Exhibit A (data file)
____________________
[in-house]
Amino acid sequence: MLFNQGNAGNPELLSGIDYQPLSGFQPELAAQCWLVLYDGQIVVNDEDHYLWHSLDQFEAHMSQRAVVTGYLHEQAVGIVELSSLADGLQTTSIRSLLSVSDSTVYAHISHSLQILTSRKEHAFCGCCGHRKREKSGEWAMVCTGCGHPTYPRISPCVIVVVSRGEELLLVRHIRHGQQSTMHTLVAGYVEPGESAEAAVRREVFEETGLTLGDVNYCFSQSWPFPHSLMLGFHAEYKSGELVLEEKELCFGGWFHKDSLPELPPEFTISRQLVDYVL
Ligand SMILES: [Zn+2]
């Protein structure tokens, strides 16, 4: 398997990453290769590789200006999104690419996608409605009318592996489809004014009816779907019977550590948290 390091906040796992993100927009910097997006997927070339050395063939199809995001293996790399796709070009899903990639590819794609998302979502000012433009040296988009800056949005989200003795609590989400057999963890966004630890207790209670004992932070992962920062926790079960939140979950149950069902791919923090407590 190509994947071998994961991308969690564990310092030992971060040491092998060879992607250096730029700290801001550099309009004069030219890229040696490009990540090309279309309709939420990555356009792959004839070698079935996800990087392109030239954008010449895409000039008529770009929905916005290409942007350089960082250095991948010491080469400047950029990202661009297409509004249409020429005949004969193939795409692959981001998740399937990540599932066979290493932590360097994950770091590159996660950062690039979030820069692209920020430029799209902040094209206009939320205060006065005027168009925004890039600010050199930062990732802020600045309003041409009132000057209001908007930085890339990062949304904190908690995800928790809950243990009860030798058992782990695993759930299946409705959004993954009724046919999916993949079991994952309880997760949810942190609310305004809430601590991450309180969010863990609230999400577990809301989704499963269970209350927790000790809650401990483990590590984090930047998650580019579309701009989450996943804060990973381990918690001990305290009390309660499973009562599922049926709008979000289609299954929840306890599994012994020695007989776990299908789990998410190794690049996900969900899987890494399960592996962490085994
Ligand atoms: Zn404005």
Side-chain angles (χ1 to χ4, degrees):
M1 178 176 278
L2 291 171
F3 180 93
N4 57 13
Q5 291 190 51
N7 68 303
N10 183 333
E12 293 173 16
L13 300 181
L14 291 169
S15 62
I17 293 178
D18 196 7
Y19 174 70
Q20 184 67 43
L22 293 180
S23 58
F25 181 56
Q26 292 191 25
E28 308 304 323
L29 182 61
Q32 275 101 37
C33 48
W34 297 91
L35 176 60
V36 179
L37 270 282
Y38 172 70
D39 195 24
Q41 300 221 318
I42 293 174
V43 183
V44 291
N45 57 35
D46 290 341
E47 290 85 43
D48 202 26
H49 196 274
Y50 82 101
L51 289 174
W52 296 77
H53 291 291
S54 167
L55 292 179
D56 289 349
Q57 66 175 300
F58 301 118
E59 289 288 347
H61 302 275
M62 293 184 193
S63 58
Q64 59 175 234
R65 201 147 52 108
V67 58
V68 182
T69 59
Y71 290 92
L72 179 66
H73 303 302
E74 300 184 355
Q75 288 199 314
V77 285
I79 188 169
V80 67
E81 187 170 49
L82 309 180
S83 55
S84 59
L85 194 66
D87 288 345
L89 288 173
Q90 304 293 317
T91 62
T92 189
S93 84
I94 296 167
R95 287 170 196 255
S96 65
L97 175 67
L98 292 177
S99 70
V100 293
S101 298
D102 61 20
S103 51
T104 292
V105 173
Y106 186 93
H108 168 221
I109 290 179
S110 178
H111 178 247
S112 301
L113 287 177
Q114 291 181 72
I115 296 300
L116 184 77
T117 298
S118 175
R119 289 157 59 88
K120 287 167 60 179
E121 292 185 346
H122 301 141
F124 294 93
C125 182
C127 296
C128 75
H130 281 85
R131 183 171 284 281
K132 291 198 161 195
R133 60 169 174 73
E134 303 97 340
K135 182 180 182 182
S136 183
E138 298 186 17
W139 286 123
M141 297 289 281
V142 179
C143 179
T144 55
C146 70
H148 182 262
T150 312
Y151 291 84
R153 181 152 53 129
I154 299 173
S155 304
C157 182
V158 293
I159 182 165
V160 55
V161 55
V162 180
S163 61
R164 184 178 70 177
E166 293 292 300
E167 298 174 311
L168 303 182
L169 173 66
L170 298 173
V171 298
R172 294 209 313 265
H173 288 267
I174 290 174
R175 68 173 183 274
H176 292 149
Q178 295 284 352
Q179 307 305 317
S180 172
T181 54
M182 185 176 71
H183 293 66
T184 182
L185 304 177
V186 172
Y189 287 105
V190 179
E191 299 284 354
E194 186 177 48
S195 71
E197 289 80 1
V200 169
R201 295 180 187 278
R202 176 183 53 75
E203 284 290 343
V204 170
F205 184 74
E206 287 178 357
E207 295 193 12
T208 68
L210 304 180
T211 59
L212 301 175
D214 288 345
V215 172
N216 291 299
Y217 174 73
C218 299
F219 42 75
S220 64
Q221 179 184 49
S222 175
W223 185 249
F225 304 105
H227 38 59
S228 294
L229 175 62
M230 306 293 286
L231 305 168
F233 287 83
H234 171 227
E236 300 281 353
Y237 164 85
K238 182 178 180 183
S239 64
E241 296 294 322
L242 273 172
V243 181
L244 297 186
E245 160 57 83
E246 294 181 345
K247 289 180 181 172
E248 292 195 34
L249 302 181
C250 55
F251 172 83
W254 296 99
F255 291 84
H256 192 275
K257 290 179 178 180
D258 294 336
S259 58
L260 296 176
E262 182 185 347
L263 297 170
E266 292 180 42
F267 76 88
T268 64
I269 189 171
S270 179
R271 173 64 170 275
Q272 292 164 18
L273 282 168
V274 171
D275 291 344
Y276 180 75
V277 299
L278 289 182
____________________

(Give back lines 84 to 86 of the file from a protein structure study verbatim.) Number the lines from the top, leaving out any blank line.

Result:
S96 65
L97 175 67
L98 292 177